“We can only see a short distance ahead, but we can see plenty there that needs to be done.” -Alan Turing
The Cosmic Microwave Background data gave us an unprecedented picture of our Universe in terms of accuracy, with the latest Planck results showing us our Universe is 68% dark energy, 13.8 billion years old and is expanding at a rate of 67 km/s/Mpc. Too bad, then, that the Cosmic Microwave Background isn't the only way to measure the expansion rate, and that direct measurements -- using the cosmic distance ladder -- disagree with that significantly.
The European Space Agency's GAIA satellite has been observing one billion stars in the Milky Way for nearly two years, and is poised to find out whether we've got the distance ladder wrong, and its measurement of an expansion rate of 74 km/s/Mpc is flawed, or whether there's a real tension there, and a real problem for modern cosmology.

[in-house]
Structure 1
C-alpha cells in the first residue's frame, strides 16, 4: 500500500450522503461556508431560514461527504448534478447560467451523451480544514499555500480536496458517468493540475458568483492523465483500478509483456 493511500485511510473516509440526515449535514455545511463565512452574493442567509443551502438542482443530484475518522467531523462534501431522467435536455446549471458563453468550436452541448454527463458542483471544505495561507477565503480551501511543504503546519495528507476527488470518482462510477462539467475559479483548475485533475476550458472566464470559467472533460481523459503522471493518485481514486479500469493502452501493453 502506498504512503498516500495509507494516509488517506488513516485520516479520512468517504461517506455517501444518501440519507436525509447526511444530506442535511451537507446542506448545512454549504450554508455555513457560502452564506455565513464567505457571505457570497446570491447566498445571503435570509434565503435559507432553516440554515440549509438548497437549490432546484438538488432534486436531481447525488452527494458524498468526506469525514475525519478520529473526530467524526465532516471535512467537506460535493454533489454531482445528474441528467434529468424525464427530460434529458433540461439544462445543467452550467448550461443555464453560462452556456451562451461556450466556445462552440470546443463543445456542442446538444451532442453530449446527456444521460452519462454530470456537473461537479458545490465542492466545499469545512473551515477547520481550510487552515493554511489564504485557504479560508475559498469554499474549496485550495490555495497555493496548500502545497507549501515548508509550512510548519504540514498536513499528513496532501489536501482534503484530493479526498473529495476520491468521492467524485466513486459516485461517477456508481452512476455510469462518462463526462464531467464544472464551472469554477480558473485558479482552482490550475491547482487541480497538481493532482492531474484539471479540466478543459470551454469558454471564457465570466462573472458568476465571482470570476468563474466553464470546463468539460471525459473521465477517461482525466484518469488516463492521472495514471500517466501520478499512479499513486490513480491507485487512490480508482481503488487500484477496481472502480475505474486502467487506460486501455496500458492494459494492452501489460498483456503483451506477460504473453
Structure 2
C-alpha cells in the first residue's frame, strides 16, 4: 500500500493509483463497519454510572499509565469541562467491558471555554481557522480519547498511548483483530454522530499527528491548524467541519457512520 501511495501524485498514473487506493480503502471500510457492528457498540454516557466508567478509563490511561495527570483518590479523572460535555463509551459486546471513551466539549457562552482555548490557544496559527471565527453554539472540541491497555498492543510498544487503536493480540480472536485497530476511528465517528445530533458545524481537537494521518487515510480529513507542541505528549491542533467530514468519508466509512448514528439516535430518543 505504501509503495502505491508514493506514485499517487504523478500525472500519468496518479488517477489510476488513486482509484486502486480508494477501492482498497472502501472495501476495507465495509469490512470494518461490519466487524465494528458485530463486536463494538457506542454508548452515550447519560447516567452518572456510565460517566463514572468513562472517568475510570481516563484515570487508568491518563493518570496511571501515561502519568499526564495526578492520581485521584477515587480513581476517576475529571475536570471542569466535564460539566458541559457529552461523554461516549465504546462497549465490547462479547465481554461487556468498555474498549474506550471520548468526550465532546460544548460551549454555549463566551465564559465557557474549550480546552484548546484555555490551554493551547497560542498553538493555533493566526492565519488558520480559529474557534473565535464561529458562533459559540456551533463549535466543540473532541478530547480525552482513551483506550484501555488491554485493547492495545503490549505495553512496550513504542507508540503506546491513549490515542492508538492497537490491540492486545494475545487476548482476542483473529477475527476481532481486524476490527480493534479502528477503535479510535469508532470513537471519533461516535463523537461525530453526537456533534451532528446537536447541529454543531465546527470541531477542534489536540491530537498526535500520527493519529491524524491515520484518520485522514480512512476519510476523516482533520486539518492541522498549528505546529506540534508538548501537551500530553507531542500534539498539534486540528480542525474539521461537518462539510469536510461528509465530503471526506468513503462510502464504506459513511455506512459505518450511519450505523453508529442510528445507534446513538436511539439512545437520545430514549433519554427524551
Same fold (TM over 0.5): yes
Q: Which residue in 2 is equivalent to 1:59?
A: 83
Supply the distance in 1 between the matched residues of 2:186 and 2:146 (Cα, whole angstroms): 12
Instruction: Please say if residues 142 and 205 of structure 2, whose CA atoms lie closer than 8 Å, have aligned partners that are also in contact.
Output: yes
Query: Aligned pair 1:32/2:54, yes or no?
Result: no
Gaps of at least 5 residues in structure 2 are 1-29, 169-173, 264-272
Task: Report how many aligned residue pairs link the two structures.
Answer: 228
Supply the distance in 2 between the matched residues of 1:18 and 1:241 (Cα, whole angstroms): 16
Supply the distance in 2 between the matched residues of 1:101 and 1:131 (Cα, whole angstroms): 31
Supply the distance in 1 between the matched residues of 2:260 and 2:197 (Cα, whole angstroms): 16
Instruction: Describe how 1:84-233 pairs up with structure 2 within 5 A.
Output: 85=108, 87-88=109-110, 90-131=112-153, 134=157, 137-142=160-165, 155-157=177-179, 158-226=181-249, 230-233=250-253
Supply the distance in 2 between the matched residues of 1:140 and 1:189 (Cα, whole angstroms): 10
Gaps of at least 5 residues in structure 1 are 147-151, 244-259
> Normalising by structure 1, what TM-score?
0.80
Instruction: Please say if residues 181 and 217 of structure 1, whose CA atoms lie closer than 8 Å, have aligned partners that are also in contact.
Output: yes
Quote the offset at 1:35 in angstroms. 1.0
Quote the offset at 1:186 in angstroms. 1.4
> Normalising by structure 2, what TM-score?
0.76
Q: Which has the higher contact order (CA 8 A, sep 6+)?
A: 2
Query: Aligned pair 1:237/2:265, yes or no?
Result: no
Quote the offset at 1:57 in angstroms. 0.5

But what I am really interested in is the treasure trove of planet discoveries. Since planets distant from their star will be favoured, it will fill in a gap in the planet detections.